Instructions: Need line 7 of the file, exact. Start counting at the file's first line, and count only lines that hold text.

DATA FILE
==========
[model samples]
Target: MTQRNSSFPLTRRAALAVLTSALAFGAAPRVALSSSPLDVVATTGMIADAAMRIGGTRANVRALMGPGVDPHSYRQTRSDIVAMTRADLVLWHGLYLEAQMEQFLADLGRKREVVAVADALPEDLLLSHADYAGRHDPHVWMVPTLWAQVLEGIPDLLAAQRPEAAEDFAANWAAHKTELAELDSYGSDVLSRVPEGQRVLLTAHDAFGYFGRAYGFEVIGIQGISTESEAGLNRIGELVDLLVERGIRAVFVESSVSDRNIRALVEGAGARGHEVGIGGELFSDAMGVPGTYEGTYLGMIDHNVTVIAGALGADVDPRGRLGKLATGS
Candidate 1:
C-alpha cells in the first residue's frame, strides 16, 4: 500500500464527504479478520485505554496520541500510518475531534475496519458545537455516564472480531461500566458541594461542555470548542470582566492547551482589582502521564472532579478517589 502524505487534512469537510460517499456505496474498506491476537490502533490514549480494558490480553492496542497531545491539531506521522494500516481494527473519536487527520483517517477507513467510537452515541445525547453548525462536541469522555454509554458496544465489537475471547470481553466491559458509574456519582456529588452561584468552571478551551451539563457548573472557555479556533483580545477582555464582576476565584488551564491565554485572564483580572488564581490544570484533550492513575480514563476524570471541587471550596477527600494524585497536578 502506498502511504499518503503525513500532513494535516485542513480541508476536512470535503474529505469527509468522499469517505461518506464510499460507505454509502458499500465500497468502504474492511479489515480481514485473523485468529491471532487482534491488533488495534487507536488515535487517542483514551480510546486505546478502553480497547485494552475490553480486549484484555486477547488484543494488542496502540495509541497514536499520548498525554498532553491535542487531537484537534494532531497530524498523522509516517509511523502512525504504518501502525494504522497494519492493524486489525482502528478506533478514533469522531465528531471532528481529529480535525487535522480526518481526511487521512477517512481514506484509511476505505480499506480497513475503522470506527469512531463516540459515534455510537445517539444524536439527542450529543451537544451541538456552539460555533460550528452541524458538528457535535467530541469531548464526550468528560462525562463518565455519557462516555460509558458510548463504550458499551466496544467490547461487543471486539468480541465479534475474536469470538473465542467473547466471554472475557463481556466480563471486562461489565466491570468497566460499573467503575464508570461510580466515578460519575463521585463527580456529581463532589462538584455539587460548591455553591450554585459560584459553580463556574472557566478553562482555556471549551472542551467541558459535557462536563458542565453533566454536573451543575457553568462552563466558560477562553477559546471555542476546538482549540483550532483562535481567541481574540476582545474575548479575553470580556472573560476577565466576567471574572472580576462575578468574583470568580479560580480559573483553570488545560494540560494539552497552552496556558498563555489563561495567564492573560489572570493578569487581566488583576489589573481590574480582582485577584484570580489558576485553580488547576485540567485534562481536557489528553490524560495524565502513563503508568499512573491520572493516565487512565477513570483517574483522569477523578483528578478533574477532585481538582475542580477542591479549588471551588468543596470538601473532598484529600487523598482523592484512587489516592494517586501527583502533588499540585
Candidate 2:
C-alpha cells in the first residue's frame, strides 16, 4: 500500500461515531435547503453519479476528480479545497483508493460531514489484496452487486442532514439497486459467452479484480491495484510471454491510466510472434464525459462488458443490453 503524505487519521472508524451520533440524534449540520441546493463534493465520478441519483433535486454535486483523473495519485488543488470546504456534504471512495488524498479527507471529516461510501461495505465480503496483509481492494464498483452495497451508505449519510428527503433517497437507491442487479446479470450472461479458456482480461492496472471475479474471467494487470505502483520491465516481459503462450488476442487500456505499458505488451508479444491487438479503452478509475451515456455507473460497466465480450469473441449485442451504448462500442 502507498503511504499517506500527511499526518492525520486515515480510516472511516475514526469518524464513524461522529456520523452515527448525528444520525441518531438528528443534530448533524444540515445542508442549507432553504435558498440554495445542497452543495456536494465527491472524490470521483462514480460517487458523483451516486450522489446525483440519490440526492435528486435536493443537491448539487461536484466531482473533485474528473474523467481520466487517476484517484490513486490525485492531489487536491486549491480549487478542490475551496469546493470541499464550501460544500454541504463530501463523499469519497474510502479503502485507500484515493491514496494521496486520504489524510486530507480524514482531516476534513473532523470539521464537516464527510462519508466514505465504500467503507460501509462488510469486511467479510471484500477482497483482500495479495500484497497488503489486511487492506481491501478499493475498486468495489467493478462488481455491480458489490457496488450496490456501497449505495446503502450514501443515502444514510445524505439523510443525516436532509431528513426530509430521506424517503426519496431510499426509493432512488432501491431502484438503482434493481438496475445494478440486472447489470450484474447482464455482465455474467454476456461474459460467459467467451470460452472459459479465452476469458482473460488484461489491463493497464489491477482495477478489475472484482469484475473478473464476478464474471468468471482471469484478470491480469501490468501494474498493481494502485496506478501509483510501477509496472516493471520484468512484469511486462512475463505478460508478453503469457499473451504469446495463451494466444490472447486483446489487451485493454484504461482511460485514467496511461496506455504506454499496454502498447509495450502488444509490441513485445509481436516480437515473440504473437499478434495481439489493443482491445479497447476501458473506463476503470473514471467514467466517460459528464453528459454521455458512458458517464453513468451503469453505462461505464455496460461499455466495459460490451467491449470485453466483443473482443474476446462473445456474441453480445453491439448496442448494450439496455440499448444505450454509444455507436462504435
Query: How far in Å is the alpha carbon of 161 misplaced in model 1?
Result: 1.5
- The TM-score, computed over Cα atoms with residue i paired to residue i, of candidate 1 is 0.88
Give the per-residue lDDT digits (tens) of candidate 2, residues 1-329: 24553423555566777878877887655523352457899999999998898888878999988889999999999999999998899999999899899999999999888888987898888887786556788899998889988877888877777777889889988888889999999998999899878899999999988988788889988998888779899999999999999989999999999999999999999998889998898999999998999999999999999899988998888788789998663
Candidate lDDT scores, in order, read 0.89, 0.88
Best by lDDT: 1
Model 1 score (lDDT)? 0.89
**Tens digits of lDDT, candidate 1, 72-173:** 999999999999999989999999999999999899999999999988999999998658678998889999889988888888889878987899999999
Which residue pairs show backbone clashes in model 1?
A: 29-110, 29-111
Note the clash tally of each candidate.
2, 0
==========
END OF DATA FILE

Query: How far in Å is the alpha carbon of 161 misplaced in model 1?